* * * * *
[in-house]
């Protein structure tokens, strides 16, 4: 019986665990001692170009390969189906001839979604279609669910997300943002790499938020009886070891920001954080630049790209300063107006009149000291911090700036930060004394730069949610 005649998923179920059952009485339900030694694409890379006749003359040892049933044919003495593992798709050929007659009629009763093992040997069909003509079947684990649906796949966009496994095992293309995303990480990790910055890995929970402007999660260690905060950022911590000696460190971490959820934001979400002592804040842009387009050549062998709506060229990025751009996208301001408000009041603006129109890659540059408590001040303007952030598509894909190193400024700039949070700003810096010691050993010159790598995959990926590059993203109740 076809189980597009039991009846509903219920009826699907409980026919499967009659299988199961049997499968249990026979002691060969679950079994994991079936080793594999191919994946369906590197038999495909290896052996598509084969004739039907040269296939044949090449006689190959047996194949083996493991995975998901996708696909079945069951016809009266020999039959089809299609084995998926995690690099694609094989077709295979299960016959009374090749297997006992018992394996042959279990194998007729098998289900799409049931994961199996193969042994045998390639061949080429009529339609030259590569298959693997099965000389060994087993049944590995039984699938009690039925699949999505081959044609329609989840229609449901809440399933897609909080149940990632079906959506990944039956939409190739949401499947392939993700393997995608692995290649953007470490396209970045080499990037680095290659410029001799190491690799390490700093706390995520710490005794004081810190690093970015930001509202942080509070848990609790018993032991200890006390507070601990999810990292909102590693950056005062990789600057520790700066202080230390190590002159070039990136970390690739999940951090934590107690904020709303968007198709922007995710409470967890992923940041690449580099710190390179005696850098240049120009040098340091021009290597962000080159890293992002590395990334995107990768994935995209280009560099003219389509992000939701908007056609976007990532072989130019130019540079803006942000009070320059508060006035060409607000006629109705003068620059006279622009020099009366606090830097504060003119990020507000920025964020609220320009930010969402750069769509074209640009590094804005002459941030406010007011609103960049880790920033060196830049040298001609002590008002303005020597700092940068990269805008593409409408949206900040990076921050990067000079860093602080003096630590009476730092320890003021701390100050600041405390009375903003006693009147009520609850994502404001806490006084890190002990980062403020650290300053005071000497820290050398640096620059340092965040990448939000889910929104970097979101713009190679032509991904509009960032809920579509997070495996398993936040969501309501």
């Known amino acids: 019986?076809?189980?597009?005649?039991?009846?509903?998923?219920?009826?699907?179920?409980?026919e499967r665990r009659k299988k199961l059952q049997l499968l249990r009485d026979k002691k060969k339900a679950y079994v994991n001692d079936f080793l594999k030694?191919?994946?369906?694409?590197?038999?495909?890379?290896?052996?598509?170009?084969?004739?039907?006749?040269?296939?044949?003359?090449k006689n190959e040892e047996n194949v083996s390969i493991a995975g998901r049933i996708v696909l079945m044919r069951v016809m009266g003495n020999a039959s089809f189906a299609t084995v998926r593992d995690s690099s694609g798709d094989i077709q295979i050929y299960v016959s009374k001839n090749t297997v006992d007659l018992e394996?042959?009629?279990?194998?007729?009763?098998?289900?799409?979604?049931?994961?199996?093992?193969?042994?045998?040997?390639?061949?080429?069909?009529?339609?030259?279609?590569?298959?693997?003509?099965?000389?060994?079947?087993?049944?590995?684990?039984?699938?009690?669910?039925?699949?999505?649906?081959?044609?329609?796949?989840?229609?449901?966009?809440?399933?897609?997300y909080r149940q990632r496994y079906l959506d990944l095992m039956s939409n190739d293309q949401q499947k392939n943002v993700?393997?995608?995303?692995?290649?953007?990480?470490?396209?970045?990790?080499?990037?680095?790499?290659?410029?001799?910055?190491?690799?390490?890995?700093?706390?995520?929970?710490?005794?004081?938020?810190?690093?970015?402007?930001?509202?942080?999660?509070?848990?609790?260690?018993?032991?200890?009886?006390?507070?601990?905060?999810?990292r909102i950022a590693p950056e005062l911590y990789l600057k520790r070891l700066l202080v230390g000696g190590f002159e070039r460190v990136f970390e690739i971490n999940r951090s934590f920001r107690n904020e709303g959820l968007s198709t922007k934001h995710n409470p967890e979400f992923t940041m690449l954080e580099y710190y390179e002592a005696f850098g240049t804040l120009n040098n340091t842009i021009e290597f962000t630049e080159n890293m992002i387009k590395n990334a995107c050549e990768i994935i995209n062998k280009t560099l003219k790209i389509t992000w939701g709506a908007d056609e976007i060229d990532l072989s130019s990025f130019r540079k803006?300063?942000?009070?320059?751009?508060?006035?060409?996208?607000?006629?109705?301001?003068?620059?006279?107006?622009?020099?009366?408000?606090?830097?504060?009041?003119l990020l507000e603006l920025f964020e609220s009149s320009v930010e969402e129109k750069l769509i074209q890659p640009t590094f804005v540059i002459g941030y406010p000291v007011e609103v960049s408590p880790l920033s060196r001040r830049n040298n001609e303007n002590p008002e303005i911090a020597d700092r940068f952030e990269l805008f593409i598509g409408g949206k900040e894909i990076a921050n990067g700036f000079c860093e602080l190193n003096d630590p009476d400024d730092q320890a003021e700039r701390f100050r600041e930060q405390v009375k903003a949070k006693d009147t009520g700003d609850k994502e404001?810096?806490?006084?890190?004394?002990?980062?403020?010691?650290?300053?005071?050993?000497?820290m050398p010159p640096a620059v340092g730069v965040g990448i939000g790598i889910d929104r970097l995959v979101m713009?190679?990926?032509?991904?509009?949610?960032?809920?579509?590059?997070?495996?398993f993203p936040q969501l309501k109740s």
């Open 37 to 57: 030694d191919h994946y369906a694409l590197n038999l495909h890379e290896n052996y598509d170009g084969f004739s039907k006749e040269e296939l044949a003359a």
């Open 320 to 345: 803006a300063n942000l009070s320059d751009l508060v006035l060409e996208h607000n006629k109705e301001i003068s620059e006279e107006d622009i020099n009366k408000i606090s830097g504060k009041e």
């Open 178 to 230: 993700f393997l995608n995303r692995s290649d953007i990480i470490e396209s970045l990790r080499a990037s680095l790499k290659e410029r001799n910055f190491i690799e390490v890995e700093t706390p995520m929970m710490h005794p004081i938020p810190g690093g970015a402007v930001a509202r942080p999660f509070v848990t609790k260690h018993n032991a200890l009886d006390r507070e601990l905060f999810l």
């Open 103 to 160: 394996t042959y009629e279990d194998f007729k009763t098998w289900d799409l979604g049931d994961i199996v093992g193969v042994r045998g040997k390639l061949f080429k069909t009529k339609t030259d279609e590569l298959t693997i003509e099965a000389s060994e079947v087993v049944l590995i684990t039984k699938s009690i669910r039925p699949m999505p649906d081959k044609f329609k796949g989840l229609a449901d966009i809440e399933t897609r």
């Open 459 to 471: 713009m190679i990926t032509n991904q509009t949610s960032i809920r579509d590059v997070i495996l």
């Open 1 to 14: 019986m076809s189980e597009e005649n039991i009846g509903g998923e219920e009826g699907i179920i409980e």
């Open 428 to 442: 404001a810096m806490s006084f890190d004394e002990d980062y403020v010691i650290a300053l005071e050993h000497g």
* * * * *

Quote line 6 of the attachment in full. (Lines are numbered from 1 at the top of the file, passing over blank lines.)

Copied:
């Open 178 to 230: 993700f393997l995608n995303r692995s290649d953007i990480i470490e396209s970045l990790r080499a990037s680095l790499k290659e410029r001799n910055f190491i690799e390490v890995e700093t706390p995520m929970m710490h005794p004081i938020p810190g690093g970015a402007v930001a509202r942080p999660f509070v848990t609790k260690h018993n032991a200890l009886d006390r507070e601990l905060f999810l």